Funniest/Most Insightful Comments Of The Week At Techdirt
from the fraud-etc. dept
The FBI has been having a real tough time recruiting young tech savants to its cause, and this week our first place winner for insightful is an anonymous comment with some clear and simple thoughts on why that is:
He’s hoping to attract patriots, except the real patriots are the ones unwilling to help the FBI violate the Constitution and civil liberties at every opportunity.
But the agency might not need that expertise — after all, Hillary Clinton thinks the military might be the best response to hacking attacks like the one that targeted the DNC — which gave Wargazm a thought that won second most insightful comment of the week:
Are we just going to gloss over the idea that she thinks a *hack of the DNC* is grounds for introducing a new doctrine for dealing with cyber attacks?! Last I heard the DNC is NOT a government agency.
What exactly does she propose we defend here? If Russian hackers go after a grandmother’s bank account, are we going to put boots on the ground? Or is the goal just to prevent Democrats from being embarrassed during an election year?
One more thing: How the hell does she look at the DNC hack and not immediately change her position on encryption? If we had strong, encrypted email services readily available and easily used by anyone…bam, no DNC hack. Instead, she talks about using the military to respond. Christ.
For editor’s choice on the insightful side, we’ve got a pair of responses to the astonishing scandal in which Wells Fargo has fired 5,300 employees for fraudulent billing practices. First, That One Guy questioned the idea that this could be any kind of ‘mistake’ or accidental product of bad incentives:
Which might make sense if we were talking about a few, or even a few dozen people doing it across the entire company, but when we’re talking about literally thousands of employees the idea that no-one in management had so much as a hunch that something fishy might be going on before the investigation pointed it out to them goes right out the window.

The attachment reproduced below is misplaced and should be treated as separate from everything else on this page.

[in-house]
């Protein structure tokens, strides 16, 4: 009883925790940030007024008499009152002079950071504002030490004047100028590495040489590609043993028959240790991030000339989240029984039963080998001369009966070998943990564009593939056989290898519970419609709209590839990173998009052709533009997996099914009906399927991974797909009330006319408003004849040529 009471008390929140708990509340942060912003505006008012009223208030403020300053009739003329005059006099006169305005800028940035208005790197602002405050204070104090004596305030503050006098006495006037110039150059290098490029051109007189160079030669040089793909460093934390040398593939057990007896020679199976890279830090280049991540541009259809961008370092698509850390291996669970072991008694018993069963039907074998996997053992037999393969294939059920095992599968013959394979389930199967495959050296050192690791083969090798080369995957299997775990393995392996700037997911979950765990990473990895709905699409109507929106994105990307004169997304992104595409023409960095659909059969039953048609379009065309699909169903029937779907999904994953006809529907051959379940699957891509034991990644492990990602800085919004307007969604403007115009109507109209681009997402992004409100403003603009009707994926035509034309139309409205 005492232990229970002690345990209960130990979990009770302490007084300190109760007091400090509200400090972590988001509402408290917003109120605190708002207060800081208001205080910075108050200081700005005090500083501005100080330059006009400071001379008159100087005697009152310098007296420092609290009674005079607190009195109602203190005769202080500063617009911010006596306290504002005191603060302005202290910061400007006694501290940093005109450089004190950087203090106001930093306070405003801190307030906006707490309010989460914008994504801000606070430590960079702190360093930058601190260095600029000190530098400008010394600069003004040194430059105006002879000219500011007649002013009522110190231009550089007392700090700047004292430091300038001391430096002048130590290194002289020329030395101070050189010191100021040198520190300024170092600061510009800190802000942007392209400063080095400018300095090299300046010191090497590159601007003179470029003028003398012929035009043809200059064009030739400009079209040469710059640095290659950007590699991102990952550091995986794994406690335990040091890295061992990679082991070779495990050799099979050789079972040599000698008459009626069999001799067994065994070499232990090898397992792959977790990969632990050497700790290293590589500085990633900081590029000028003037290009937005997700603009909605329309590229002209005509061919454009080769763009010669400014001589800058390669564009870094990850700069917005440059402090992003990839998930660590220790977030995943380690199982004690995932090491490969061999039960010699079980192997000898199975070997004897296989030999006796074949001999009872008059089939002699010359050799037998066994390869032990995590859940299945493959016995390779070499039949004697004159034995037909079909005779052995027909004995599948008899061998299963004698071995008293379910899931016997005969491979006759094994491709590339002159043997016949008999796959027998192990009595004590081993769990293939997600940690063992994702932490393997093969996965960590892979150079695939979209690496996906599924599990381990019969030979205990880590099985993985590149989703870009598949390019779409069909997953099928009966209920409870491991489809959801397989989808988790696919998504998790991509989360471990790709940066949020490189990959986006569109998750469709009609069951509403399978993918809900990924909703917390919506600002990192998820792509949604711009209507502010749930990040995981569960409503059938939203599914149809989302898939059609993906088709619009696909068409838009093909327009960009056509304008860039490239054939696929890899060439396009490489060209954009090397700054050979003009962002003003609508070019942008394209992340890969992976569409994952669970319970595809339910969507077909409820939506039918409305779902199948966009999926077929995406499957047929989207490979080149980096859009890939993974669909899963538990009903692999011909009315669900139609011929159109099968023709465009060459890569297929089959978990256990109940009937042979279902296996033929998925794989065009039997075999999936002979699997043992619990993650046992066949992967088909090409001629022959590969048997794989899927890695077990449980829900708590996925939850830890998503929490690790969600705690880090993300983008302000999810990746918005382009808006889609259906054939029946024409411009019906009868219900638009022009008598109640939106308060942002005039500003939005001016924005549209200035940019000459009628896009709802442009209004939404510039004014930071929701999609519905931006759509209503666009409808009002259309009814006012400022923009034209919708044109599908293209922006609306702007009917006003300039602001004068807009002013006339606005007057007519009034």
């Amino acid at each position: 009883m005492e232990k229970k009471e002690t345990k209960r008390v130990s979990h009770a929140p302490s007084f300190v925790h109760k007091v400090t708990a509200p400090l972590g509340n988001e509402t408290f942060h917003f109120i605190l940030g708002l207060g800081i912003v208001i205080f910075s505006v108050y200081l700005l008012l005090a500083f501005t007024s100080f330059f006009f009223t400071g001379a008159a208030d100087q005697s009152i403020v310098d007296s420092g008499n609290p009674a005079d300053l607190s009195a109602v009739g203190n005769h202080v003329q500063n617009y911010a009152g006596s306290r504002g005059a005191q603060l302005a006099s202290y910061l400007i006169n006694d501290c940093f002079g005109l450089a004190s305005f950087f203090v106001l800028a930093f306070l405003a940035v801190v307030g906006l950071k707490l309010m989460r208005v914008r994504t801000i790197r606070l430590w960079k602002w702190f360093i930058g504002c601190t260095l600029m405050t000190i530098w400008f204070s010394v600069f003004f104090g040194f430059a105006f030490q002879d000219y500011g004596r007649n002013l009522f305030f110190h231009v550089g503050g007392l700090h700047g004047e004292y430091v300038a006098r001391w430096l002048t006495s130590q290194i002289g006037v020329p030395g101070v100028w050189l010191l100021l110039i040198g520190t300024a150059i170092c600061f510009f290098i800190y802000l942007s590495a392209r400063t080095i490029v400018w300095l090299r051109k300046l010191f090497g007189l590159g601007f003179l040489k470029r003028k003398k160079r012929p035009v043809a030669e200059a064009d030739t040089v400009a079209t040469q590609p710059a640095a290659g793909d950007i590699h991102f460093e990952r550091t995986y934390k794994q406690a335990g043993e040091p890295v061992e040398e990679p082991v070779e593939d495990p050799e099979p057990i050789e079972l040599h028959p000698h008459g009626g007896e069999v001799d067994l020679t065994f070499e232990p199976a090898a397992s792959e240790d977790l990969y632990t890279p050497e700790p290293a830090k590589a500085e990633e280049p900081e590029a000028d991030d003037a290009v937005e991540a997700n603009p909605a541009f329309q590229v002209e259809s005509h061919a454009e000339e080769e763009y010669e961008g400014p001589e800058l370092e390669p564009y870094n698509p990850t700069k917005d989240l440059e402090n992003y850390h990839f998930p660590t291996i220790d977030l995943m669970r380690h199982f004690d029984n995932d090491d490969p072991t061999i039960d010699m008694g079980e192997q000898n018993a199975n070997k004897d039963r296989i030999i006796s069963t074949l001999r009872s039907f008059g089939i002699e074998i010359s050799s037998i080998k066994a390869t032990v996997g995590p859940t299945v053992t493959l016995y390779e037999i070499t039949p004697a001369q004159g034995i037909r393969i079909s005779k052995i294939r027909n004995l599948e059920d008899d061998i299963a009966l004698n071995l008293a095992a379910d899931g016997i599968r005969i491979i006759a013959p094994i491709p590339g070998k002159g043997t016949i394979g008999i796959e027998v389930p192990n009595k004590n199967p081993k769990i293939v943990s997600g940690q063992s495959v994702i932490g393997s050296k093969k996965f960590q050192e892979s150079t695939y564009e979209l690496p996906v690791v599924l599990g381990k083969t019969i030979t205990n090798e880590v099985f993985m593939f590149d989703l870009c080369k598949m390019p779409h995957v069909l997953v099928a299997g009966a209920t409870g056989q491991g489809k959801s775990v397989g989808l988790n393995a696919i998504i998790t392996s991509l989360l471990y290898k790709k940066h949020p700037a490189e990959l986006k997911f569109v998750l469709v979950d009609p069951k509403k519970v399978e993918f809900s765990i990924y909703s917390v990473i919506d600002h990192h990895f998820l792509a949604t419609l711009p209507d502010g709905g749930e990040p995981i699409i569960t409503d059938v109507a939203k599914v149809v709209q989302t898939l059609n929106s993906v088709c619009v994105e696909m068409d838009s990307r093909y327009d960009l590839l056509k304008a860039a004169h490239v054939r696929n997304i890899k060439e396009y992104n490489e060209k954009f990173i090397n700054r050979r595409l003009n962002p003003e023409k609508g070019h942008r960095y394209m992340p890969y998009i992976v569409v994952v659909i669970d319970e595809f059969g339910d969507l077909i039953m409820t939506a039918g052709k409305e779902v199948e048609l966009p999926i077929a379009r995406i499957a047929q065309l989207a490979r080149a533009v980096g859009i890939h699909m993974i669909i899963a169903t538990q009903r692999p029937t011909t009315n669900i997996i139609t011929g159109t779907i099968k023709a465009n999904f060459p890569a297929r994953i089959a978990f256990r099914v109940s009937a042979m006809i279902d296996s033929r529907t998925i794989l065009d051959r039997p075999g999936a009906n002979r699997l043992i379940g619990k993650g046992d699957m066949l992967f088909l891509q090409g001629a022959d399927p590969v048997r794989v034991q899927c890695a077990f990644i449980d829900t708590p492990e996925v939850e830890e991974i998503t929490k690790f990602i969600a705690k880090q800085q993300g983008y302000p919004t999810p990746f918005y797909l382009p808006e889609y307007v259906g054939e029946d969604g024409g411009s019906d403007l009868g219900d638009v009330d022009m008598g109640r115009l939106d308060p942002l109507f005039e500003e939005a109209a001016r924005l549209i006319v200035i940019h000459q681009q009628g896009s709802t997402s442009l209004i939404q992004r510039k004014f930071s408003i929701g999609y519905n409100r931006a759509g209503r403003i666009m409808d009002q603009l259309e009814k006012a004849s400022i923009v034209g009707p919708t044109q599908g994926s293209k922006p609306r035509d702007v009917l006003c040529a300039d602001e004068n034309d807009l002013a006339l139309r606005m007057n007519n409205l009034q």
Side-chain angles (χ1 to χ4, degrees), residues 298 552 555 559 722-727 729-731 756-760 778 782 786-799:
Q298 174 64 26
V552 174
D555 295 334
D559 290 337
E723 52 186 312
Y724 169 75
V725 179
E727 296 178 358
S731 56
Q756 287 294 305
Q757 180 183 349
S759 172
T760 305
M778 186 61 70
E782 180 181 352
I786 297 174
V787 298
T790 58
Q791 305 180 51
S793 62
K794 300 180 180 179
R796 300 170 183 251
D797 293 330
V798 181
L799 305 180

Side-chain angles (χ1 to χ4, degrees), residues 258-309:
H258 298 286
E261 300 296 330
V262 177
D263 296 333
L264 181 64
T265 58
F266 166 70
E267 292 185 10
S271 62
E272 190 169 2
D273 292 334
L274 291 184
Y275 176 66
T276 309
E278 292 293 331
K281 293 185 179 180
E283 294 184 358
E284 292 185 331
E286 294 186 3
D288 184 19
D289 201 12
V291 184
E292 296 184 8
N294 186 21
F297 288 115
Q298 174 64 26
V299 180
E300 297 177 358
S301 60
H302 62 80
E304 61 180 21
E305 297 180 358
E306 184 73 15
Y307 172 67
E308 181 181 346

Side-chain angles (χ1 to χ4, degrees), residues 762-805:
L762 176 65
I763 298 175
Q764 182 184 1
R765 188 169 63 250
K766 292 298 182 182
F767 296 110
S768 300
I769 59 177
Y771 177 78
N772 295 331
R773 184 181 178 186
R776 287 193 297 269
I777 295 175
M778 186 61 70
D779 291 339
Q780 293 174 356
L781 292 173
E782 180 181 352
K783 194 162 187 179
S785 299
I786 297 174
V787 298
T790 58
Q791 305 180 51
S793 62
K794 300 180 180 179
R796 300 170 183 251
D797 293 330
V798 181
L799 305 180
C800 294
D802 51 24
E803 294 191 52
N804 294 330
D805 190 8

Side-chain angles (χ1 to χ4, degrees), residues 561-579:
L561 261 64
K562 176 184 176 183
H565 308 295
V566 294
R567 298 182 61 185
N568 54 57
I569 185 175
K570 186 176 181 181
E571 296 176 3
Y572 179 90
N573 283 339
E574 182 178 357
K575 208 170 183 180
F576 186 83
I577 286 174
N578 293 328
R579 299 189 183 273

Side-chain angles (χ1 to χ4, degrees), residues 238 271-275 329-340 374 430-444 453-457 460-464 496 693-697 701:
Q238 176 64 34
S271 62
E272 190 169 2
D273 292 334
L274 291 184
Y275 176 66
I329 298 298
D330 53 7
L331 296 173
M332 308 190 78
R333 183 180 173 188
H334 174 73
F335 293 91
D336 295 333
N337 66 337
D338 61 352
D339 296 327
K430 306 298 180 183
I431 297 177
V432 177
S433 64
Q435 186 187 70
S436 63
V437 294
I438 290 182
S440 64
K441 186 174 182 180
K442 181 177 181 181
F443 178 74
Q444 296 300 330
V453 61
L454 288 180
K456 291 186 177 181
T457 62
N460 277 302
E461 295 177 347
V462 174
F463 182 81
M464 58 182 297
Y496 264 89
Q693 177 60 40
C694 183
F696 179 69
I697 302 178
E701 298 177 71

As the article and the first AC noted, either upper management knew and looked the other way or they were so grossly incompetent that they never caught on, either way they need to be fired at best given the idea that they really had no clue is minuscule when you consider how many people we’re talking about here.
Next, we’ve got a response to that comment from MadAsASnake, who explained how it could be both — a broken incentive system coupled with managerial negligence:
This happened a lot in the UK as well. The incentives given to floor staff are usually in terms of “conversion rates”. The targets are based on the “best” staff calculated on those conversion rates. The “best” are invariably those that are cheating.
In one case I am aware of, one staff member “upgraded” the accounts of all 13 customers she saw that day. In return, she was:
– rewarded with a commission for each sale
– rewarded with a bonus for being a top op
– given recognition throughout the company
When her manager reviewed those upgrades, it was plain that the customers had not agreed to them. So what happened? The manager had to contact all 13, explain the “mistake” and put it right. This member of staff:
– kept the commission, bonus and recognition
– was not reprimanded (how could you having so publicly congratulated her)
The new targets the following week were increased in proportion to this record achievement. The reason this gets really out of hand is that those staff not making the targets face criticism and sometimes even dismissal for poor performance.
My wife was a co-worker in this branch. As she said, you could do you job with integrity, or you could hit your targets which were spectacularly unattainable. My guess is that stupid incentives structures combined with a refusal to reprimand dishonest behaviour is behind this too. The management need to be sacked whether they knew or not.
Over on the funny side, our top comment is one that pops up frequently whenever we level criticisms at Google (this time, over the Feedburner/Goo.gl link shortening fiasco). JD offered up the classic ironic-faux-troll:
Clearly this is just more proof that Mike Masnick is a Google shill.
Next, we have a quip on a thread about Comcast’s broken broadband meters which seemed to be vastly overcharging people. One commenter asked if it would be called fraud to sell 10,000 tickets for a show with a 3,000 seat capacity — and Michael had an answer:
No. That would be called an airline.
Dear Mr. Trump,
Here is a simple cyber policy for ISIS.
Make them have to use Comcast.
Finally, we’ve got one more response to our problems with Google’s link shortener — an anonymous commenter who found the silver lining:
And the good news is that you probably won’t be charged with a CFAA violation!
That’s all for this week, folks!